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When I hear Hoochie Coochie Man or Sky is crying and the likes, the time stops, my body starts quivering, and my face starts melting. That is what blues does to me and I want to learn how to play the blues! I think blues runs in my veins but I may be tone deaf. Actually not, if I try real hard I can carry a tune, especially affer a few. That makes me think it's all on my head. Having said that I can barely strum "While my guitar gently weeps" or the beginning of "Wish you were here".

Years ago as a kid I wanted to learn guitar and got signed up for lessons and make the storytelling short, I walked off after the second lesson when I discovered "notes" were involved. Since I thought Paul and John (and yes, I do think first name basis is appropriate) did not know notes, as was the common misconception.

Anyway where was I? I've since decided that I will learn enough to play blues. But that's a relative concept, isn't it? When do you know you've learned it? Does BB know he's learned it? What about Eric Clapton or Joe Walsh? Did Stevie Ray knew? Againt these masters I have at least a 40 year handicap. But my goal is simple I want to be able play "Yer Blues", or Rocky Mountain Way, perhaps Sky is crying or Eric Claptons rendition of Alberta - to name a few. You know not to a crowd of hundreds, just for my own personal enjoyment.

I borrowed my kids' Learning guitar book with the "Mary had a little lamb" and the likes. There has got to be a another way! My friends learned to play, or in reality, learn to imitate the great ones in six months. I've been at this - on and off - since like 1980.

Of course I'm trying to be realistic as I do not expect to make much progress in few weeks but I just don't want to play Mary had a little lamb anymore. Enlighten me! What say you?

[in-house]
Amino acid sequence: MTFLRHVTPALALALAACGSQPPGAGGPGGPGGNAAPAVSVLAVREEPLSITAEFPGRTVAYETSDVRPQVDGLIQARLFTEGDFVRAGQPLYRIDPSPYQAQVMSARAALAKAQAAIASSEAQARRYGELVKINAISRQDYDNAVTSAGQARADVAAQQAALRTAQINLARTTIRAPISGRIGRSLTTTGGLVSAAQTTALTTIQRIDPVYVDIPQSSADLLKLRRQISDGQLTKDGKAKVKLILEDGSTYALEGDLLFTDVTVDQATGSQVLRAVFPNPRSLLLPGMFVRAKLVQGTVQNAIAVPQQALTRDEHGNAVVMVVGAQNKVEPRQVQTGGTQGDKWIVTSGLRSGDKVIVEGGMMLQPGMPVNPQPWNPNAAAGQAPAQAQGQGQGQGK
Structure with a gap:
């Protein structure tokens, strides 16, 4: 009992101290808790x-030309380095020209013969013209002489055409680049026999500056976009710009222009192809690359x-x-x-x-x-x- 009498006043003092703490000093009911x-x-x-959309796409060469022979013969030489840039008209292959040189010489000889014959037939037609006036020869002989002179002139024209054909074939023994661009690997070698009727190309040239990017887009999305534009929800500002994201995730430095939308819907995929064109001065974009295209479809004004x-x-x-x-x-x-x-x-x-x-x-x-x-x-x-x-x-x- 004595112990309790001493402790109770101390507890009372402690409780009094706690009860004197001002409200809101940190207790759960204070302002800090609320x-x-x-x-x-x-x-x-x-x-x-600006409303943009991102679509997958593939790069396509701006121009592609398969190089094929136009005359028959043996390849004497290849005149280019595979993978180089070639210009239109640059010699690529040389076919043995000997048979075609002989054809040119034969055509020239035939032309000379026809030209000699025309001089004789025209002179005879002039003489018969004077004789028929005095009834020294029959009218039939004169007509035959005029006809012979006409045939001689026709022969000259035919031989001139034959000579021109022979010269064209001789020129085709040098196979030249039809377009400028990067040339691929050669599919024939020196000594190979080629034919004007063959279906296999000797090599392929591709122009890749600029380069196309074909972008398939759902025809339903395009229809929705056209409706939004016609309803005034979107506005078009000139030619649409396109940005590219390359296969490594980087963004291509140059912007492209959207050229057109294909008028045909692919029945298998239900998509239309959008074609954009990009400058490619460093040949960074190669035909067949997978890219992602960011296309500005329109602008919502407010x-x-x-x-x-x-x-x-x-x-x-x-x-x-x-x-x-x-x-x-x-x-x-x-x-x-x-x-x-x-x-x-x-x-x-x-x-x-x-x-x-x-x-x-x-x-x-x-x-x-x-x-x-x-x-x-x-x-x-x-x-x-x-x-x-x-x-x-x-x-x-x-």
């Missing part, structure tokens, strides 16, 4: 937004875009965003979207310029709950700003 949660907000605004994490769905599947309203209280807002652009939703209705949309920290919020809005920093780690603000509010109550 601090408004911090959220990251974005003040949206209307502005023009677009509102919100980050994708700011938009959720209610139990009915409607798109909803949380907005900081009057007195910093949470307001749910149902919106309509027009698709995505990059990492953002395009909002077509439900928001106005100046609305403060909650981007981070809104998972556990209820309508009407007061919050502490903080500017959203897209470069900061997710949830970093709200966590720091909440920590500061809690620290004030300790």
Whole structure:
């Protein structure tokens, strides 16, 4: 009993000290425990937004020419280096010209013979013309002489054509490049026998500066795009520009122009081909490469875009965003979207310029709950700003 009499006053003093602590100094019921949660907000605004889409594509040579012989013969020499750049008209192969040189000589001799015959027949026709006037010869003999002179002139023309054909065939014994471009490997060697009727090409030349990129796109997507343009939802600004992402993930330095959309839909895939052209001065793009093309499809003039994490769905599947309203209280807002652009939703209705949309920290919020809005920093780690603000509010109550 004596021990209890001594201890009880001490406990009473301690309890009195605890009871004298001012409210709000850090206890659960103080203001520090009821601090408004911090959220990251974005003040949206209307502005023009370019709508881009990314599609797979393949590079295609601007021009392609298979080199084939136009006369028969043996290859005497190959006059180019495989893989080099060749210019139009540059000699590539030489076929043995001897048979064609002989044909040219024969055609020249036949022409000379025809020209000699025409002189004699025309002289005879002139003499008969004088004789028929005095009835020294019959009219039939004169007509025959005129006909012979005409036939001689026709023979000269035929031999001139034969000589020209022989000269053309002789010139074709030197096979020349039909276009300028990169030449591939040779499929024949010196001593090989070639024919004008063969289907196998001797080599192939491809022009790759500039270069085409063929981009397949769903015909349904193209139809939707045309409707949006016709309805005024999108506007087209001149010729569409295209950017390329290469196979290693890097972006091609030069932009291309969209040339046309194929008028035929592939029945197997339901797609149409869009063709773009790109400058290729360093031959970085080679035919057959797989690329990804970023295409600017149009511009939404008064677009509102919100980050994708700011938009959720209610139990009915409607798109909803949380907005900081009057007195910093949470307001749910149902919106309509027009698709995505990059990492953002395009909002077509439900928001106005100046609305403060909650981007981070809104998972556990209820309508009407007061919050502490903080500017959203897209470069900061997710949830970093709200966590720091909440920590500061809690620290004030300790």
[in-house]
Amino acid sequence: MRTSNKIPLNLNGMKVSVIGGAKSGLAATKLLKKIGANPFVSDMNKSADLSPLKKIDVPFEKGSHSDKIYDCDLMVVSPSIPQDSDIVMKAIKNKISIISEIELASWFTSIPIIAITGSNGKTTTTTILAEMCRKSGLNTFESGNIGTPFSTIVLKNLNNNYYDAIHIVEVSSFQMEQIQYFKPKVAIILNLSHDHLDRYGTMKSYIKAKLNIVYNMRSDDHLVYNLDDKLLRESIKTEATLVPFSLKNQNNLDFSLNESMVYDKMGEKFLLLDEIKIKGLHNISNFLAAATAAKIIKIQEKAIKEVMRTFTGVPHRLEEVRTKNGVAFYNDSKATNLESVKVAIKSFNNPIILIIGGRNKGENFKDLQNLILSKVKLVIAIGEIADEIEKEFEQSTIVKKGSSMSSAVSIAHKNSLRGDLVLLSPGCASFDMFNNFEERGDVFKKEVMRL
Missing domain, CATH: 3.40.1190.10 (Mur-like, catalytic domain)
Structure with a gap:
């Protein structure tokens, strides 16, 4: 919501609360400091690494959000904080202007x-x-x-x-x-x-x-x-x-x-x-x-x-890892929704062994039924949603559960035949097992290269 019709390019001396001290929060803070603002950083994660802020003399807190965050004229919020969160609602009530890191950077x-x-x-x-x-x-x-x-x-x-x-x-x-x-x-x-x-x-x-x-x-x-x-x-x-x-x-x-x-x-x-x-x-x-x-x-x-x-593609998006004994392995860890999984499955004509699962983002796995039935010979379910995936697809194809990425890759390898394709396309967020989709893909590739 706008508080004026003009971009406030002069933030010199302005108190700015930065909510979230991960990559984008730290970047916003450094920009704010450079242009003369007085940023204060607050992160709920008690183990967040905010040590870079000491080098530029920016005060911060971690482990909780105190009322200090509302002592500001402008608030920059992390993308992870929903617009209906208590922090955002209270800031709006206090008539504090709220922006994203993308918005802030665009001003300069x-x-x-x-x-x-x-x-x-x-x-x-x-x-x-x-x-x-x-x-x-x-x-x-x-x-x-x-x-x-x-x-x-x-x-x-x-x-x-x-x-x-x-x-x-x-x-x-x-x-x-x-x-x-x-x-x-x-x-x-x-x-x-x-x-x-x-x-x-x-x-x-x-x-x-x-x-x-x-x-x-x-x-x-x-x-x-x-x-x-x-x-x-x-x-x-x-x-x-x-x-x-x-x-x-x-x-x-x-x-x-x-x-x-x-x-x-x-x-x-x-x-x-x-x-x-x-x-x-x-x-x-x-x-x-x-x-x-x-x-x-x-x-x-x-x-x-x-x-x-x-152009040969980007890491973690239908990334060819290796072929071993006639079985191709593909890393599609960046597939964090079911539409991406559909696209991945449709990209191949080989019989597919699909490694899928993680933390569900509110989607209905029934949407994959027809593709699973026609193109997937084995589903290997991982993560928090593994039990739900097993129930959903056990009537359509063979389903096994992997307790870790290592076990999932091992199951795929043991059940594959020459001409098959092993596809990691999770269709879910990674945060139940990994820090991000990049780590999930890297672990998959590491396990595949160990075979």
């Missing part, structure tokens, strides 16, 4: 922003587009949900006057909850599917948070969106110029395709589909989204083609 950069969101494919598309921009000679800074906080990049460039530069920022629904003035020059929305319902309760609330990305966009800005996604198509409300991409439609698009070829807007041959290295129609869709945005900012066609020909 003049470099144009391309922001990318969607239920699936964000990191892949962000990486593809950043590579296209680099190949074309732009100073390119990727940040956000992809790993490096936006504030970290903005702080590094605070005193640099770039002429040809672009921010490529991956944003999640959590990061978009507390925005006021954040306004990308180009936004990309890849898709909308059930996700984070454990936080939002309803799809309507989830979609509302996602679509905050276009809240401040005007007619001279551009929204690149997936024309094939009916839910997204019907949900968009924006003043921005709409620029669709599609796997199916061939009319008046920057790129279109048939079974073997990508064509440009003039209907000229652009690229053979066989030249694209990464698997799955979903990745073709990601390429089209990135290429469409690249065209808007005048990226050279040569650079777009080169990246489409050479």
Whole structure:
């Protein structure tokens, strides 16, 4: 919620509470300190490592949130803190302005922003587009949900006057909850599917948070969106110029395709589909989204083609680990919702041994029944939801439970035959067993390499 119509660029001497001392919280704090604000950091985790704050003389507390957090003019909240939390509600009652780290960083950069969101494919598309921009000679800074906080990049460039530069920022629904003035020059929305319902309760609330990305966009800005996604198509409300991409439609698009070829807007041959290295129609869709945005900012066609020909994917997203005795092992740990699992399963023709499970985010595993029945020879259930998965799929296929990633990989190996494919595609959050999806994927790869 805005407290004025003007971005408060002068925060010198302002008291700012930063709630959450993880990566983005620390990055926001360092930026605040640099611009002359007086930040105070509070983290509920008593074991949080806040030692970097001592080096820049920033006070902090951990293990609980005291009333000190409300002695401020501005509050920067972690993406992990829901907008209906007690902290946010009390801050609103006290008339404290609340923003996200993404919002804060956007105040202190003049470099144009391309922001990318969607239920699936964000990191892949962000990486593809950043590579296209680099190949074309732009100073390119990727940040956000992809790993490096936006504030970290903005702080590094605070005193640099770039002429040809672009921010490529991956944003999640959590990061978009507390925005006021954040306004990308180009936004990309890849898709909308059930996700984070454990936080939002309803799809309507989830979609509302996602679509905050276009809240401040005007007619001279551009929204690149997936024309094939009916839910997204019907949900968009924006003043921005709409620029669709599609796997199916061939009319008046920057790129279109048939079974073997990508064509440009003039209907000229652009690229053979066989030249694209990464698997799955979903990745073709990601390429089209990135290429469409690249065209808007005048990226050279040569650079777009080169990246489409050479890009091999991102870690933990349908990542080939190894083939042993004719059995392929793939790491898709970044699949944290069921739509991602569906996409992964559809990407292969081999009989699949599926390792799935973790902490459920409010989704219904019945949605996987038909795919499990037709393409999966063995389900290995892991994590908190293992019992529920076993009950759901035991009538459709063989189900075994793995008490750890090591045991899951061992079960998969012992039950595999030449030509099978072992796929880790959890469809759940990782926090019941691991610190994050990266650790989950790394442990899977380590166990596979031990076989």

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Please see the FAQ -- this site is for concrete questions about focused problems. –  Matthew Read Feb 11 '13 at 16:56
    
@MatthewRead: How do you decide what is a good fit for your format? Do you get paid for interfering with other people's conversation? I've gotten a lot out of these peoples posts! It's not the "big brother" I worry about it's folks like you, and there seems to be a lot of you on these fora. I further must note that after reading you FAQ page I post was about practice, learning, music theory which are listed as valid reasons. –  Risho Feb 11 '13 at 18:58
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If you'd like to hold a conversation, try Musical Practice & Performance Chat. This isn't a discussion site. –  Matthew Read Feb 11 '13 at 19:16
    
Well why didnt you suggested this before then? ;) –  Risho Feb 20 '13 at 5:33
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3 Answers

One advantage in learning the blues is that technically it isn't very challenging. If you've got a few chords and a couple of scales down, you can play a whole tonne of blues and sound pretty awesome playing it as well.

Learning to play the chords is more of a question of getting the rhythm right. I'm sure you'll be able to figure out how to play a few open chords to get started with (like an E major, or an A major for instance). Once the chords sound okay, the whole blues-y feel comes in playing it in the right rhythm.

Soloing on the other hand can be a little more challenging, especially because it's intimidating to get improvising. But I learned it to the point of sounding reasonably alright within about a year, so it can definitely be done.

I will strongly, strongly, strongly recommend the justinguitar website. I learned all my lead guitar and blues playing from that website. He's a brilliant teacher with a bunch of videos, as well as chord charts and the whole works. The forum helps if you're struggling with a particular thing as well. Good luck!